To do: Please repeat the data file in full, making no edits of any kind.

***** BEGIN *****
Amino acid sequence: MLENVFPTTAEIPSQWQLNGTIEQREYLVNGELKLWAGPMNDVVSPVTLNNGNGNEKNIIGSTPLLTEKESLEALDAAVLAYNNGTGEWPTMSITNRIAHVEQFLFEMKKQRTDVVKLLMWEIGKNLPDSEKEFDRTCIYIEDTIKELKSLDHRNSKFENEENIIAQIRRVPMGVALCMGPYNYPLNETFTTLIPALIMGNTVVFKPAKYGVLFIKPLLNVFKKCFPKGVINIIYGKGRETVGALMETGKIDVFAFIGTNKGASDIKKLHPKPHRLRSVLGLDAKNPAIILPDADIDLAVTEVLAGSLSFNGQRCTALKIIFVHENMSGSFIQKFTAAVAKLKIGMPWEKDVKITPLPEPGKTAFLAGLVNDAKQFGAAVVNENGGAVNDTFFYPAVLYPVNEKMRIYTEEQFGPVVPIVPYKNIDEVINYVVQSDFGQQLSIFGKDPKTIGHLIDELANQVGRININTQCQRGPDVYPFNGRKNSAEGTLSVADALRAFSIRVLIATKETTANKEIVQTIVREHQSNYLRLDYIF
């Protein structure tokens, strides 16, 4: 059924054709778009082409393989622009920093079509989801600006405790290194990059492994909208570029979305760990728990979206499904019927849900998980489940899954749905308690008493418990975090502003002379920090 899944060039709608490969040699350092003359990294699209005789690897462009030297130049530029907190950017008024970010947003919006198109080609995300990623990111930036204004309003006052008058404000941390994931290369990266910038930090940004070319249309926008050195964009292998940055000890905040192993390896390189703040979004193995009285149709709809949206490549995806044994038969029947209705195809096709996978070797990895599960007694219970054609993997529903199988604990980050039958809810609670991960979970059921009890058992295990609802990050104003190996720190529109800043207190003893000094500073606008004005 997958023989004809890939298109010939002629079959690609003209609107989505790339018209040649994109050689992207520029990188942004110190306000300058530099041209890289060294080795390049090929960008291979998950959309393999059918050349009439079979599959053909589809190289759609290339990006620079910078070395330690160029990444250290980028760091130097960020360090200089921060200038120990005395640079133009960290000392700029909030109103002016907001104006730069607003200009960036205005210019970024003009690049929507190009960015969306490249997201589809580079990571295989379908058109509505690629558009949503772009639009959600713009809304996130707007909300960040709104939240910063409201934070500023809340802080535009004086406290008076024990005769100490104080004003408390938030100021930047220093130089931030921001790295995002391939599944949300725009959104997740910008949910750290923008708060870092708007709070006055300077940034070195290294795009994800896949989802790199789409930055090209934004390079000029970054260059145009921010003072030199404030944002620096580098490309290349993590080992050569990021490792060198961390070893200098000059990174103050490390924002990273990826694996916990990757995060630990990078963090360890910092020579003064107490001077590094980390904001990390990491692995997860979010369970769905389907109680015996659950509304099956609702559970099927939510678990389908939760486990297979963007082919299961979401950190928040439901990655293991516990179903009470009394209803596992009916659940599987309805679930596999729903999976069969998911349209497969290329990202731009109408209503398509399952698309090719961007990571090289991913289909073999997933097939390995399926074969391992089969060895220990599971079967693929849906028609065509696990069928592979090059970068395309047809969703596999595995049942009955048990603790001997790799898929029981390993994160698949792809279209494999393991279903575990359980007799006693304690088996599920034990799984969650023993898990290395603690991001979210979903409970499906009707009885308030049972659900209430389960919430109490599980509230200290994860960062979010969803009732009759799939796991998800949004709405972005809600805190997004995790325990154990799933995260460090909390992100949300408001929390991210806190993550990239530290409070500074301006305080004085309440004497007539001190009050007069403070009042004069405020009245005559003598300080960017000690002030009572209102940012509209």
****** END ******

Amino acid sequence: MLENVFPTTAEIPSQWQLNGTIEQREYLVNGELKLWAGPMNDVVSPVTLNNGNGNEKNIIGSTPLLTEKESLEALDAAVLAYNNGTGEWPTMSITNRIAHVEQFLFEMKKQRTDVVKLLMWEIGKNLPDSEKEFDRTCIYIEDTIKELKSLDHRNSKFENEENIIAQIRRVPMGVALCMGPYNYPLNETFTTLIPALIMGNTVVFKPAKYGVLFIKPLLNVFKKCFPKGVINIIYGKGRETVGALMETGKIDVFAFIGTNKGASDIKKLHPKPHRLRSVLGLDAKNPAIILPDADIDLAVTEVLAGSLSFNGQRCTALKIIFVHENMSGSFIQKFTAAVAKLKIGMPWEKDVKITPLPEPGKTAFLAGLVNDAKQFGAAVVNENGGAVNDTFFYPAVLYPVNEKMRIYTEEQFGPVVPIVPYKNIDEVINYVVQSDFGQQLSIFGKDPKTIGHLIDELANQVGRININTQCQRGPDVYPFNGRKNSAEGTLSVADALRAFSIRVLIATKETTANKEIVQTIVREHQSNYLRLDYIF
């Protein structure tokens, strides 16, 4: 059924054709778009082409393989622009920093079509989801600006405790290194990059492994909208570029979305760990728990979206499904019927849900998980489940899954749905308690008493418990975090502003002379920090 899944060039709608490969040699350092003359990294699209005789690897462009030297130049530029907190950017008024970010947003919006198109080609995300990623990111930036204004309003006052008058404000941390994931290369990266910038930090940004070319249309926008050195964009292998940055000890905040192993390896390189703040979004193995009285149709709809949206490549995806044994038969029947209705195809096709996978070797990895599960007694219970054609993997529903199988604990980050039958809810609670991960979970059921009890058992295990609802990050104003190996720190529109800043207190003893000094500073606008004005 997958023989004809890939298109010939002629079959690609003209609107989505790339018209040649994109050689992207520029990188942004110190306000300058530099041209890289060294080795390049090929960008291979998950959309393999059918050349009439079979599959053909589809190289759609290339990006620079910078070395330690160029990444250290980028760091130097960020360090200089921060200038120990005395640079133009960290000392700029909030109103002016907001104006730069607003200009960036205005210019970024003009690049929507190009960015969306490249997201589809580079990571295989379908058109509505690629558009949503772009639009959600713009809304996130707007909300960040709104939240910063409201934070500023809340802080535009004086406290008076024990005769100490104080004003408390938030100021930047220093130089931030921001790295995002391939599944949300725009959104997740910008949910750290923008708060870092708007709070006055300077940034070195290294795009994800896949989802790199789409930055090209934004390079000029970054260059145009921010003072030199404030944002620096580098490309290349993590080992050569990021490792060198961390070893200098000059990174103050490390924002990273990826694996916990990757995060630990990078963090360890910092020579003064107490001077590094980390904001990390990491692995997860979010369970769905389907109680015996659950509304099956609702559970099927939510678990389908939760486990297979963007082919299961979401950190928040439901990655293991516990179903009470009394209803596992009916659940599987309805679930596999729903999976069969998911349209497969290329990202731009109408209503398509399952698309090719961007990571090289991913289909073999997933097939390995399926074969391992089969060895220990599971079967693929849906028609065509696990069928592979090059970068395309047809969703596999595995049942009955048990603790001997790799898929029981390993994160698949792809279209494999393991279903575990359980007799006693304690088996599920034990799984969650023993898990290395603690991001979210979903409970499906009707009885308030049972659900209430389960919430109490599980509230200290994860960062979010969803009732009759799939796991998800949004709405972005809600805190997004995790325990154990799933995260460090909390992100949300408001929390991210806190993550990239530290409070500074301006305080004085309440004497007539001190009050007069403070009042004069405020009245005559003598300080960017000690002030009572209102940012509209």